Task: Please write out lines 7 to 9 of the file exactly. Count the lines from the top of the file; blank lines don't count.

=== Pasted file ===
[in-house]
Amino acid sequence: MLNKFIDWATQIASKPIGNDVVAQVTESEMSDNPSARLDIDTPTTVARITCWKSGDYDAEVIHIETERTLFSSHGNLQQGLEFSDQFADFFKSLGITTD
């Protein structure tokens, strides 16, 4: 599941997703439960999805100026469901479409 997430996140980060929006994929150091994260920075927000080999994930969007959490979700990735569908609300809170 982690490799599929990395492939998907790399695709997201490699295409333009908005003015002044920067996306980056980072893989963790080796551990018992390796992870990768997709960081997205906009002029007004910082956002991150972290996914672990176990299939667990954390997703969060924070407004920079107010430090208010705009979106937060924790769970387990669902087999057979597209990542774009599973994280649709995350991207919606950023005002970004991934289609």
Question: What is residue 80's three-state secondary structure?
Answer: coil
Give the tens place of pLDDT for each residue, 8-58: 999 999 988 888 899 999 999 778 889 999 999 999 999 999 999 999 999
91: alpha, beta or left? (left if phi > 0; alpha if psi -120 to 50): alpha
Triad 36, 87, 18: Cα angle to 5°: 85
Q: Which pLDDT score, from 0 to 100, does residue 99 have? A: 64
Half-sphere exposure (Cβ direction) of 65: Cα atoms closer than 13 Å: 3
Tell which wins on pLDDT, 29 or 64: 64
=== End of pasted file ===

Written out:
91: alpha, beta or left? (left if phi > 0; alpha if psi -120 to 50): alpha
Triad 36, 87, 18: Cα angle to 5°: 85
Q: Which pLDDT score, from 0 to 100, does residue 99 have? A: 64